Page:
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Life vs. Health Insurance: What's the Difference?

Dana George
Cole Tretheway

Our Insurance Experts

Eric McWhinnie
Many or all of the products here are from our partners that compensate us. It’s how we make money. But our editorial integrity ensures our experts’ opinions aren’t influenced by compensation. Terms may apply to offers listed on this page.

Comparing health insurance to life insurance is a lot like comparing socks to shoes. They're two different things that work well together when paired. Health insurance protects our health, which is vital. But life insurance protects the finances and well-being of our loved ones when we die. Here, we'll explain what health and life insurance have in common, how they're different, and how they can work together to protect your money.

What is life insurance?

Life insurance protects your loved ones in the event you unexpectedly pass away. When you purchase life insurance, you promise to pay the insurer monthly premiums. In return, the insurer promises to send payouts to your loved ones after you die -- assuming you're still insured. 

You, the policy owner, decide which type of life insurance you want, how long you want it to last (the "term"), and how much you want life insurance coverage to pay your heirs (the "death benefit").

Benefits of life insurance plans

Sure, life insurance only pays your heirs after you pass away. But policies also offer benefits to the policyholder while they're still alive. These benefits include the following:

  • Peace of mind. Loved ones will be paid after the policyholder dies. They'll be okay. 
  • Cash value. Some policies build a cash stash policyholders can borrow from.
  • Lifetime value. Some policies can be extended throughout a person's lifetime.

All life insurance plans offer peace of mind, but only some plans offer cash and lifetime value. Below, we'll cover the five types of life insurance plans. (Of these, most policyholders will opt for term life insurance, the most affordable plan.)

Types of life insurance plans

You're scrolling through policies, but there's just too many options. Which type of life insurance is best? Which do people normally get? You have choices. Start with the most common types of life insurance.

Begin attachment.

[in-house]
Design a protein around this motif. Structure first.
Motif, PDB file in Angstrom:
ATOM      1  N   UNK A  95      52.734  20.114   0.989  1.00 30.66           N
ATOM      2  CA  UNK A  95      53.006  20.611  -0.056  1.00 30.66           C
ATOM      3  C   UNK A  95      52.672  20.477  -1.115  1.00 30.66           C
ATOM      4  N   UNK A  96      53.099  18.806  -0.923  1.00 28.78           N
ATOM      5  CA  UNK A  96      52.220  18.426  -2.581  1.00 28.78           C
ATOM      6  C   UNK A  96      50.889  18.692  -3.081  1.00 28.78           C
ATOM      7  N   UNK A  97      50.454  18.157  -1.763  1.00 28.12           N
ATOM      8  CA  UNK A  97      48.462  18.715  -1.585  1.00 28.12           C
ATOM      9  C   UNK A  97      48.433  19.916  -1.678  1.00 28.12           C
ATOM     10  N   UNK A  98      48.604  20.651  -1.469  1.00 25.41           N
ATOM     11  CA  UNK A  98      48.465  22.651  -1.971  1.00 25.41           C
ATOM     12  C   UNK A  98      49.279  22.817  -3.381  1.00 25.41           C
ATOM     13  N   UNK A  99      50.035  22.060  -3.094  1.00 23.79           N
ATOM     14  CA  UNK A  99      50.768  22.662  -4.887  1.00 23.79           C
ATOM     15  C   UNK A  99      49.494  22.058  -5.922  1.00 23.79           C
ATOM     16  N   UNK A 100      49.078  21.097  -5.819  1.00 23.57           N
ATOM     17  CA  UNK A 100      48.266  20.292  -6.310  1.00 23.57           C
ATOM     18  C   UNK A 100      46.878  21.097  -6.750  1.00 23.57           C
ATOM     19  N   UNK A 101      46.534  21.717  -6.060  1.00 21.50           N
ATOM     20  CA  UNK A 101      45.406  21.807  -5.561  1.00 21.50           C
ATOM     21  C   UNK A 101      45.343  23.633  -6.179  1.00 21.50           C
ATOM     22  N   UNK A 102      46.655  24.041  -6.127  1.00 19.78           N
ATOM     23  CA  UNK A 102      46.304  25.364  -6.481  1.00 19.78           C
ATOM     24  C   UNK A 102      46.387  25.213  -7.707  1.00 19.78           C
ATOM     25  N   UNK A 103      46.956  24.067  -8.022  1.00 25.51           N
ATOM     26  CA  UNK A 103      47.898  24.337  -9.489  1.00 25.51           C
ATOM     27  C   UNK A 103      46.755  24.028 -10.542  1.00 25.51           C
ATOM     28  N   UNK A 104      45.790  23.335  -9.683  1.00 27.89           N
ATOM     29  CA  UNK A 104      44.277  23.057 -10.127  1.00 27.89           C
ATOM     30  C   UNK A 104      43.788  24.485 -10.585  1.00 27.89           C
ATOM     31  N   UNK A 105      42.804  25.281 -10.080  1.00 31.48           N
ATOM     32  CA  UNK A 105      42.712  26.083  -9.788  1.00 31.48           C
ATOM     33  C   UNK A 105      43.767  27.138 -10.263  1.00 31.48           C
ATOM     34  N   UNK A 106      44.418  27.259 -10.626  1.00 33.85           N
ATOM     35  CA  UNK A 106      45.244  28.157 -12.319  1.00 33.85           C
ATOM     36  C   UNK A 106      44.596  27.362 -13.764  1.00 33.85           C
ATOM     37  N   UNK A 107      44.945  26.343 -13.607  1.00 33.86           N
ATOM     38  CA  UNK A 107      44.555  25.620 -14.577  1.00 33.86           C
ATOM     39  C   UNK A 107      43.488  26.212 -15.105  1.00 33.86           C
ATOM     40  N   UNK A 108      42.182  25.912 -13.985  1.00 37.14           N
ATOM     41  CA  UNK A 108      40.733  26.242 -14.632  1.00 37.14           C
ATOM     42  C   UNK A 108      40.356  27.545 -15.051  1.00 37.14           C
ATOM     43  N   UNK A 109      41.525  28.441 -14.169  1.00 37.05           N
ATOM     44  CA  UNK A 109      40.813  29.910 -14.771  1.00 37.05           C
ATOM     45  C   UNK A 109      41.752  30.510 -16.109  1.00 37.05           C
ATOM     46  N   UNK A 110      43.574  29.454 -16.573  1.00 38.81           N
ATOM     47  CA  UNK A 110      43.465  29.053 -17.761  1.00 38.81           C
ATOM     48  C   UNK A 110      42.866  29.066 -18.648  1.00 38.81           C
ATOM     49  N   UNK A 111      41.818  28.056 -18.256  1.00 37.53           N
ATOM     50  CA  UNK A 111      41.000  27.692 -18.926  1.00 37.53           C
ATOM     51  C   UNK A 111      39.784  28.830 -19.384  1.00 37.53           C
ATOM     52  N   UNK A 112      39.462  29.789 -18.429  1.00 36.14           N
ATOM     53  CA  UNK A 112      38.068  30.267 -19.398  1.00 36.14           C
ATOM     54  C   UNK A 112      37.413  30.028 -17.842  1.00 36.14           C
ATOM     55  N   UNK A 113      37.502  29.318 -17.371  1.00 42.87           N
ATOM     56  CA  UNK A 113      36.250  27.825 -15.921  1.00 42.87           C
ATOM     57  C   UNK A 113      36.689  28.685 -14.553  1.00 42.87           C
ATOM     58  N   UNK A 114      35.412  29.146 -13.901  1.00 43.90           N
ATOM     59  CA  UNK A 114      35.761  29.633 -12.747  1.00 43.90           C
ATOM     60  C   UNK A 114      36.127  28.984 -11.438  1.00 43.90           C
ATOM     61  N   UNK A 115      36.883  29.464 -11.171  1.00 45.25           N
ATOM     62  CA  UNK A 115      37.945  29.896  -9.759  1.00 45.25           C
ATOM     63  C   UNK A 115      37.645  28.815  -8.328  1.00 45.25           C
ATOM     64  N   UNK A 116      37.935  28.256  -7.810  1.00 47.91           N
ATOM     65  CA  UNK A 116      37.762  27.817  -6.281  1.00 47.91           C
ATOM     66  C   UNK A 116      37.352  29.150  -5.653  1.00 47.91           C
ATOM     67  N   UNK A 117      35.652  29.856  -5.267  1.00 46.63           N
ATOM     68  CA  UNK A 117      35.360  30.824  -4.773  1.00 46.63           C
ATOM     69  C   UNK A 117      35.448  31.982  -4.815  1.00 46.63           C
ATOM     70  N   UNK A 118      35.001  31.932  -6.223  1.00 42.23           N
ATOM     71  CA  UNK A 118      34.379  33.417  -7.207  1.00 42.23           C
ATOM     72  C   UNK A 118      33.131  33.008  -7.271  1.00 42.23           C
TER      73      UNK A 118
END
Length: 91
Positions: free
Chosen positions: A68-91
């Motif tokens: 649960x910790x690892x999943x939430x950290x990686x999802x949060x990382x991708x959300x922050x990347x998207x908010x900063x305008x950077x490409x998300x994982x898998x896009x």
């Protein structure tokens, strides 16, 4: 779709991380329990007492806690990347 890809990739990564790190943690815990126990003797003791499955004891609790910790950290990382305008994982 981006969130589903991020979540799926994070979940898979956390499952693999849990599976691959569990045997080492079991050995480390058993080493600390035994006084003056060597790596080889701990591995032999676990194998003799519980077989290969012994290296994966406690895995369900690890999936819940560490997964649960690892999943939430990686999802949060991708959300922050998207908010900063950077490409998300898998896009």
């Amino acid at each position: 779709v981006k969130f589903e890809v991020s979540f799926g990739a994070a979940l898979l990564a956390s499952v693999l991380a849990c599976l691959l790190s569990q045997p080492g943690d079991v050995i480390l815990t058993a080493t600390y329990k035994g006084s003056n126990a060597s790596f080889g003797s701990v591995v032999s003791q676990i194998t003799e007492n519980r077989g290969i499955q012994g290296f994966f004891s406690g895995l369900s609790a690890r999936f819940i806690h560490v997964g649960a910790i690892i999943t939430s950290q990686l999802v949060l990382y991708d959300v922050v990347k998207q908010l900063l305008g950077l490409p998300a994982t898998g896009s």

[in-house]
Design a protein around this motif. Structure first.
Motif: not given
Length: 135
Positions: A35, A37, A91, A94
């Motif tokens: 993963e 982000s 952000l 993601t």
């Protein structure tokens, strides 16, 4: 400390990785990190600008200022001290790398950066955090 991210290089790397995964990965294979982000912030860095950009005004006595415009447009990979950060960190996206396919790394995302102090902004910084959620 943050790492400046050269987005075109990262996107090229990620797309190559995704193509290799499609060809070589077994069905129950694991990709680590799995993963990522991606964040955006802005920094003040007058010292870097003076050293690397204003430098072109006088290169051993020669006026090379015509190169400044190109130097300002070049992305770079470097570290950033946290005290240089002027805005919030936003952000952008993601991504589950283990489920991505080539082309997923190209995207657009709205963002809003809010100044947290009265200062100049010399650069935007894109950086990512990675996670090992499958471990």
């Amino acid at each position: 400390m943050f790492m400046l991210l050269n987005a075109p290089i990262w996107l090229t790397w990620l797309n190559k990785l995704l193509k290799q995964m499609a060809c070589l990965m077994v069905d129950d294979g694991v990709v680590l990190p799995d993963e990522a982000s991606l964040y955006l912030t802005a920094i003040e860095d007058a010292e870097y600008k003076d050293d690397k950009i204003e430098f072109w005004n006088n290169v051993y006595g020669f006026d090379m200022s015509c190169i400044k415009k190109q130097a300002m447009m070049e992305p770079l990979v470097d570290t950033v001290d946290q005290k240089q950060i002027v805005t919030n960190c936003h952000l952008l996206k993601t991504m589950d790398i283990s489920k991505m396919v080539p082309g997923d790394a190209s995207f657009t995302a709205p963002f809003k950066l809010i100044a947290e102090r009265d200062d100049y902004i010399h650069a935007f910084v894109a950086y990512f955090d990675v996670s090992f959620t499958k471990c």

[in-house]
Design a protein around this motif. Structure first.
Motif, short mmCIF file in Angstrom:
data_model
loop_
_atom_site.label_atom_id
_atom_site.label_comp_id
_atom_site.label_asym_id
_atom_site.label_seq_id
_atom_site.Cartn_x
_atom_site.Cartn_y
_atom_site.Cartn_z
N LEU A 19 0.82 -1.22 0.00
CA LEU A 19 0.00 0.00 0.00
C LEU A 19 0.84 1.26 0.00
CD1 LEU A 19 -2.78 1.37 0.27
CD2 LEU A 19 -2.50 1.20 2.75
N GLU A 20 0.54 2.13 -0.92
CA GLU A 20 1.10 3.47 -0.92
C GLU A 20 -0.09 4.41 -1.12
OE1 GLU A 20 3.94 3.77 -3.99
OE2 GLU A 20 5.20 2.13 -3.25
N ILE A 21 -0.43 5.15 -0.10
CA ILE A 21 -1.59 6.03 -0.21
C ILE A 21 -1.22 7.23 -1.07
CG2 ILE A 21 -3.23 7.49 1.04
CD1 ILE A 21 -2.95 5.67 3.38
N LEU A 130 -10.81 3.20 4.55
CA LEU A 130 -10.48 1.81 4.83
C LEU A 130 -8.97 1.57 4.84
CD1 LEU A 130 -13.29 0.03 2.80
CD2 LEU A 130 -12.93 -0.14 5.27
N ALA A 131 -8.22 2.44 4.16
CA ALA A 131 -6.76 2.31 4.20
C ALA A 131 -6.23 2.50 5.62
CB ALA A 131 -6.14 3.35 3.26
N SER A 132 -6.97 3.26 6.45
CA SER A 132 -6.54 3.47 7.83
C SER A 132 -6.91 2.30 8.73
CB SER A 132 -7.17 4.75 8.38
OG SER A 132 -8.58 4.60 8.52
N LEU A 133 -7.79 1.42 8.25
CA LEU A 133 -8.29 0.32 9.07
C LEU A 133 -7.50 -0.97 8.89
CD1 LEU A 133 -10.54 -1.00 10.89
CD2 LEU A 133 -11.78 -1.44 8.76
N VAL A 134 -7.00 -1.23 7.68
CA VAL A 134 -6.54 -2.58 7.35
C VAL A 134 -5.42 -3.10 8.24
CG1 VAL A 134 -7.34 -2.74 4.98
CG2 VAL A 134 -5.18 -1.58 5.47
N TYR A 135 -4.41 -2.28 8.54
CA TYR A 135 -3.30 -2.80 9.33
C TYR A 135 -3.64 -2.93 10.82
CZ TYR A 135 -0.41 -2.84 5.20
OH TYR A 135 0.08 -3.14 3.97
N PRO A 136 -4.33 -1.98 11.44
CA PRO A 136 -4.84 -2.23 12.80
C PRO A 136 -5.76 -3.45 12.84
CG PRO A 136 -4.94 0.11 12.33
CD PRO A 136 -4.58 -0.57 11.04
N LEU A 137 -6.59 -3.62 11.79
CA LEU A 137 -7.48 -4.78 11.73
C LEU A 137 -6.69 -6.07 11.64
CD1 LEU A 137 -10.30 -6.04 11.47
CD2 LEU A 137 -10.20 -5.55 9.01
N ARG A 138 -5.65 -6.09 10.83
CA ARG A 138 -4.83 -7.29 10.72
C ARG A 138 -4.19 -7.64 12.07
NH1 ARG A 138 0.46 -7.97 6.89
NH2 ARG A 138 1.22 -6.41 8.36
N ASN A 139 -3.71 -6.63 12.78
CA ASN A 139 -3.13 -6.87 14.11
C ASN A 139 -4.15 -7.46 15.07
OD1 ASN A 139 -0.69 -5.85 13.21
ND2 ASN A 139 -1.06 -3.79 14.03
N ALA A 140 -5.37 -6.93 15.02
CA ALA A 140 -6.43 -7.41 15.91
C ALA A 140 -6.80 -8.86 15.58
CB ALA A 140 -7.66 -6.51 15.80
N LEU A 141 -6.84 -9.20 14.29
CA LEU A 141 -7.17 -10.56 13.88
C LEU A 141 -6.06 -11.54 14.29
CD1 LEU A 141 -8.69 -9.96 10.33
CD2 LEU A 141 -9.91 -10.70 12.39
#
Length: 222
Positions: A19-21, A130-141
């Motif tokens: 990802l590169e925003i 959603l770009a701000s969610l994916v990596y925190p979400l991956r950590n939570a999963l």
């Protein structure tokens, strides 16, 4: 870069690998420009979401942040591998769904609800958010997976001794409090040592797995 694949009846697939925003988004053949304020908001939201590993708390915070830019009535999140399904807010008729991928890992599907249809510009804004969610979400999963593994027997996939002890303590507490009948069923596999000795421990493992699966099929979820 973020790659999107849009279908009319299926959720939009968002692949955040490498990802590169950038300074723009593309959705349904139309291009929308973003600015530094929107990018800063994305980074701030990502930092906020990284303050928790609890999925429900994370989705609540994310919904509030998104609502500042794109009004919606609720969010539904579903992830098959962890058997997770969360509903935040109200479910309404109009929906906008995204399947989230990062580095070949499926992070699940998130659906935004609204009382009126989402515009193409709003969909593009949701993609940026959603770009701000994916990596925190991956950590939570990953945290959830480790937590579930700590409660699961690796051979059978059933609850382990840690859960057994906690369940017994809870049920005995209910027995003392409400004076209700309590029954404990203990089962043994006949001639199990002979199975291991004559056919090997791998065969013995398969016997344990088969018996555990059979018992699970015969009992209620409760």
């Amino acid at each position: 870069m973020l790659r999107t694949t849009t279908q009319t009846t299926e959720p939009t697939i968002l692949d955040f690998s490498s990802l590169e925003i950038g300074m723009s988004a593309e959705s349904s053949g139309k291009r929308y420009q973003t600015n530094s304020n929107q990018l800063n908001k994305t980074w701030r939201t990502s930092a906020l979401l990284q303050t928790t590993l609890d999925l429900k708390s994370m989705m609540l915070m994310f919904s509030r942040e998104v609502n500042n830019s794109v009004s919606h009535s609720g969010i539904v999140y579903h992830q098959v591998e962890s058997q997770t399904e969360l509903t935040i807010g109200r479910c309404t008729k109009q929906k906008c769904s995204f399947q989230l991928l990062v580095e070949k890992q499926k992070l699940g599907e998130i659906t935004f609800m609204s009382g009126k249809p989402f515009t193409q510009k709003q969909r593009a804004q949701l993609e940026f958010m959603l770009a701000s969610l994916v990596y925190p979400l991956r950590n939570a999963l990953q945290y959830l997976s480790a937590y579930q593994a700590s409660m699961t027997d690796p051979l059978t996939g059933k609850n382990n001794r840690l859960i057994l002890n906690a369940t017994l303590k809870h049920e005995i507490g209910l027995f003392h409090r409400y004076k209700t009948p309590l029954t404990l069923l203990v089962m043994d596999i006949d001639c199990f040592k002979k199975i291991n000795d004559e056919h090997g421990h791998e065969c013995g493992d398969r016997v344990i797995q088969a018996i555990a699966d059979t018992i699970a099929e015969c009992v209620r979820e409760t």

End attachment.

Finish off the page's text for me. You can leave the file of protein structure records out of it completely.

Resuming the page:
Term life

AA term life policy lasts for an agreed-upon term, anywhere from one to 40 years. It works like a subscription: As long as you pay monthly/yearly premiums, you're covered. Once the term expires, your coverage ends. Most term policies don't refund premiums. The few that do are typically much pricier than usual.

Whole life

A whole life policy lasts a lifetime, assuming premiums are paid. Whole life guarantees premiums will remain flat, the death benefits will remain consistent, and the policy will build cash value. In theory, it's permanent.

Variable life

Another type of permanent life insurance is variable life. Policyholders can invest their cash value however they'd like. This is a double-edged sword. One one hand, well-performing investments may earn the policyholder extra cash. On the other hand, poor-performing investments could eat into the policyholder's cash and their heirs' death benefit. Compared to whole life, variable life is higher-risk, higher-reward.

Universal life

Another alternative to whole life insurance is universal life insurance. Like whole life, universal life policies are permanent, but universal life policies are typically cheaper and more flexible. However, it can get complicated. For example, with one, the premiums might change, while another may or may not build cash value.

Survivorship life

A survivorship life insurance policy insures two people -- typically spouses -- under a single policy. A payout is only made to heirs after both policyholders have died. It may be less expensive than buying two separate policies. This policy type is permanent (i.e. lasts a lifetime).